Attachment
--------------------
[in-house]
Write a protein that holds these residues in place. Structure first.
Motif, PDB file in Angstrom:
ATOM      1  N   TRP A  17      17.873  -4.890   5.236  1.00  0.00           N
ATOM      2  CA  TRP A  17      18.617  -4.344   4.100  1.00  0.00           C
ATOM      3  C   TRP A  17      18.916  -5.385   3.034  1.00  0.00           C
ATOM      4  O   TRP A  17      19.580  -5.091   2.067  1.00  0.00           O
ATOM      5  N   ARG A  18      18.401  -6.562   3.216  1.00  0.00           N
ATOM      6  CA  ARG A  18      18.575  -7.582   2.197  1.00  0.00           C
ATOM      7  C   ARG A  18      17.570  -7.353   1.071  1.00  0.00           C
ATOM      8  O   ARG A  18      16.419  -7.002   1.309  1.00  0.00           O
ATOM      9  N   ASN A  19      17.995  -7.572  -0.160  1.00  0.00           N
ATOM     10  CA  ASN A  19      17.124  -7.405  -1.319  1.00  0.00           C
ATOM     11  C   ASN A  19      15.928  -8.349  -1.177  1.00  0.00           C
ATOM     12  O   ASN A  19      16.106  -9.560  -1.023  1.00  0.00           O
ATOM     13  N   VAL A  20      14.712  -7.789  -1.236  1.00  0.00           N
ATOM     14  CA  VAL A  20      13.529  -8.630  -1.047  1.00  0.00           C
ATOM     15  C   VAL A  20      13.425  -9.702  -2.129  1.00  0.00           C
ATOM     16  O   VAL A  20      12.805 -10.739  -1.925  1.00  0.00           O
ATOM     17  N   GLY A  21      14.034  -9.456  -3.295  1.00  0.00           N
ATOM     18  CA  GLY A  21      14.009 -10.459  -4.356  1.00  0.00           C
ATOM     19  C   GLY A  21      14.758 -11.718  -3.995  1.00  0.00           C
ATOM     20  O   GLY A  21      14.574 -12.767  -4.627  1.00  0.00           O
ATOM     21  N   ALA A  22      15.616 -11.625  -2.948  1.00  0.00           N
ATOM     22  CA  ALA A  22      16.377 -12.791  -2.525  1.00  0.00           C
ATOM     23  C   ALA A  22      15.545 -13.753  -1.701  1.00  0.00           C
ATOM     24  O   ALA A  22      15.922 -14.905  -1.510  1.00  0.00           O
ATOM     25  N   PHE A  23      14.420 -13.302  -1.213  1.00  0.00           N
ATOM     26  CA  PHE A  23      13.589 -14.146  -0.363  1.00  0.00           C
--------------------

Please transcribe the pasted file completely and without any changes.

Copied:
[in-house]
Write a protein that holds these residues in place. Structure first.
Motif, PDB file in Angstrom:
ATOM      1  N   TRP A  17      17.873  -4.890   5.236  1.00  0.00           N
ATOM      2  CA  TRP A  17      18.617  -4.344   4.100  1.00  0.00           C
ATOM      3  C   TRP A  17      18.916  -5.385   3.034  1.00  0.00           C
ATOM      4  O   TRP A  17      19.580  -5.091   2.067  1.00  0.00           O
ATOM      5  N   ARG A  18      18.401  -6.562   3.216  1.00  0.00           N
ATOM      6  CA  ARG A  18      18.575  -7.582   2.197  1.00  0.00           C
ATOM      7  C   ARG A  18      17.570  -7.353   1.071  1.00  0.00           C
ATOM      8  O   ARG A  18      16.419  -7.002   1.309  1.00  0.00           O
ATOM      9  N   ASN A  19      17.995  -7.572  -0.160  1.00  0.00           N
ATOM     10  CA  ASN A  19      17.124  -7.405  -1.319  1.00  0.00           C
ATOM     11  C   ASN A  19      15.928  -8.349  -1.177  1.00  0.00           C
ATOM     12  O   ASN A  19      16.106  -9.560  -1.023  1.00  0.00           O
ATOM     13  N   VAL A  20      14.712  -7.789  -1.236  1.00  0.00           N
ATOM     14  CA  VAL A  20      13.529  -8.630  -1.047  1.00  0.00           C
ATOM     15  C   VAL A  20      13.425  -9.702  -2.129  1.00  0.00           C
ATOM     16  O   VAL A  20      12.805 -10.739  -1.925  1.00  0.00           O
ATOM     17  N   GLY A  21      14.034  -9.456  -3.295  1.00  0.00           N
ATOM     18  CA  GLY A  21      14.009 -10.459  -4.356  1.00  0.00           C
ATOM     19  C   GLY A  21      14.758 -11.718  -3.995  1.00  0.00           C
ATOM     20  O   GLY A  21      14.574 -12.767  -4.627  1.00  0.00           O
ATOM     21  N   ALA A  22      15.616 -11.625  -2.948  1.00  0.00           N
ATOM     22  CA  ALA A  22      16.377 -12.791  -2.525  1.00  0.00           C
ATOM     23  C   ALA A  22      15.545 -13.753  -1.701  1.00  0.00           C
ATOM     24  O   ALA A  22      15.922 -14.905  -1.510  1.00  0.00           O
ATOM     25  N   PHE A  23      14.420 -13.302  -1.213  1.00  0.00           N
ATOM     26  CA  PHE A  23      13.589 -14.146  -0.363  1.00  0.00           C